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Saturday, November 03, 2018


by Peter Nohrnberg

HOUSTON (AP, October 27, 2018) — Militia groups and far-right activists are raising money and announcing plans to head to the Mexican border to help stop the caravan of Central Americans, echoing President Donald Trump’s attacks on the migrants making their way toward the U.S. Exactly how many militia members will turn out is unclear, and as of Friday, the caravan of about 4,000 people was still some 1,000 miles (1,609 kilometers) and weeks away from reaching this country. But the prospect of armed civilians at the border — and the escalating political rhetoric over immigration — have fueled fears of vigilantism at a time when tensions are already running high because of the mail bomb attacks against some of Trump’s critics. The U.S. Border Patrol this week warned local landowners in Texas that it expects “possible armed civilians” to come onto their property because of the caravan. Photo: Volunteers from the Minutemen militia say they will be positioned along the U.S.-Mexico border to help stop migrants from entering the country illegally. (Jeff Topping / Getty Images)

It’s nearly sun-down, and I’ve been walking out here
All day with my binoculars, walkie-talkie and beer.
Today I pulled in just a father and his teenage son, but
some days I’ll see a van with blacked-out windows
And notice its tires flattened on the pavement and know
I’ve hit the motherlode, with seven or eight muchachos in it.
The way I see things, I’m not just keeping watch over
Our homeland but I’m also doing them a big favor,
Though I don’t suppose they’d see it that way
Even when I find them in the late hours of the day
half mad with thirst, shoeless in the scrub grass.
In truth I feel bad for them, knowing that they’ve tossed
Their savings to some snake who says he’ll get them across
no problem, walking over rattlesnakes. But who knows
the things they might be trying to smuggle in in all those
baskets they carry on them—maybe cocaine or marijuana,
or orders from Al Qaida or rabid Chihuahuas or God knows what!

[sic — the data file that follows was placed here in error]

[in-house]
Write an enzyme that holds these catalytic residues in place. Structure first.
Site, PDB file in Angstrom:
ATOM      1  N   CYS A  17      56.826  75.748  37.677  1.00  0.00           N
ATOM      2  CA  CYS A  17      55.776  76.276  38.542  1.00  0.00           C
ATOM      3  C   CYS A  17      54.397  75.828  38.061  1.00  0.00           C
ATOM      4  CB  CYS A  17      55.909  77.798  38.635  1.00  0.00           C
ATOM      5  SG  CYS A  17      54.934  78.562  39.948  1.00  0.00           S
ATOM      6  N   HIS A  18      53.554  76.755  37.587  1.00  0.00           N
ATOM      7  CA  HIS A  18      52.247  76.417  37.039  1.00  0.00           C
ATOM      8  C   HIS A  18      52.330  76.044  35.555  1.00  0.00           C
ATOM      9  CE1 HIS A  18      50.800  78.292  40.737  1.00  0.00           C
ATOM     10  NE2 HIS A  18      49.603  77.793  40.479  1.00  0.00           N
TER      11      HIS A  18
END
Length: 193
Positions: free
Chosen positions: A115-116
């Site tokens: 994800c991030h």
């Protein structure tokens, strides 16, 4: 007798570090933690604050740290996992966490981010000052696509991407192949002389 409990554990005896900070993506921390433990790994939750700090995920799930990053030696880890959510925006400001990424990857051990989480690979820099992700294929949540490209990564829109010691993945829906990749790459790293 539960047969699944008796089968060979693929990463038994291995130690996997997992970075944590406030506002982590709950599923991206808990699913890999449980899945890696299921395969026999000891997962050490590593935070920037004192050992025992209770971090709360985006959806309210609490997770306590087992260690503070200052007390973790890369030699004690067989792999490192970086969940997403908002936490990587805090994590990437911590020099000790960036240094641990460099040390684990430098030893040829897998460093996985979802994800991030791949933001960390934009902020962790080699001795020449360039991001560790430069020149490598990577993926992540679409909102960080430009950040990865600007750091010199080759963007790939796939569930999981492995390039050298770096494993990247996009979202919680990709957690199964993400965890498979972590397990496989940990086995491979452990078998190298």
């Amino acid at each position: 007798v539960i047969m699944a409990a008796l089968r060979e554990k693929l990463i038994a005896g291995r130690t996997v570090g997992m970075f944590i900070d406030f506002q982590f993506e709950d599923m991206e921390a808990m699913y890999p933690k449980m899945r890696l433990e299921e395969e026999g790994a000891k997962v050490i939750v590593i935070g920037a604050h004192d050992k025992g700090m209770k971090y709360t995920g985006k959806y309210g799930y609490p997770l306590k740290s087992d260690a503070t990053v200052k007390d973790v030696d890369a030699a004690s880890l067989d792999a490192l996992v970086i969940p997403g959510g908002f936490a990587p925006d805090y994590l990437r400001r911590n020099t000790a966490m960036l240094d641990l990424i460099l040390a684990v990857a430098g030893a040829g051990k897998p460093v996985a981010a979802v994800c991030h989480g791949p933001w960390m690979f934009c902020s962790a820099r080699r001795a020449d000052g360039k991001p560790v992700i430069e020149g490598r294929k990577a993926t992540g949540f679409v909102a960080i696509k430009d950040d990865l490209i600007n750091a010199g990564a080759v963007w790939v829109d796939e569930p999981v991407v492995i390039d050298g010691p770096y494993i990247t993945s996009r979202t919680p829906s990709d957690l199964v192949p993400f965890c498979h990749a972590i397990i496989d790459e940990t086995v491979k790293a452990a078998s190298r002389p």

Mostly you track them by the trash they leave behind:
broken glass and plastic bottles, dirty diapers and orange rinds.
I give them a sip of agua and put them in the truck to take them back
across the border, though where that is ain’t always so easy to tell
with nothing but yucca spread out across the land. Sometimes
there’s no telling where our country starts. The fence will serve
us on that front, but I doubt it will do any better than me
and my fellow minutemen in keeping out illegals.
A two-thousand mile chicken-wire run, Ed calls it.
I suppose it makes the Congressmen in Washington think
they’re doing something, spending the taxpayers’ dollars. Shit,
they don’t know a thing about life out here in West Texas
where the fill-up stations that sell cold beer are few and far between
or the little border towns where the food is good, hot and cheap.
In Marfa the pretty brown-eyed women put wild flowers in their hair
and everything’s in Spanglish . . .  What I need’s another drink.
The jokers on the nightly news announce that one in three
sneaks by, but what I say is for each one that we catch
an American keeps his day job. Hell, I’ll likely lose mine
if I don’t remember to throw these empties out the truck.
Did I say this ain’t the first time I’ve caught those two amigos?
Damn it’s getting late. I can hardly see to take a leak.
I guess I’ll stay and watch the Texas sky fill up with stars and UFOs.

Peter Nohrnberg is a scholar, poet, and father of two children. He lives in Cambridge, MA, where he served as “Poetry Ambassador” to the city last year.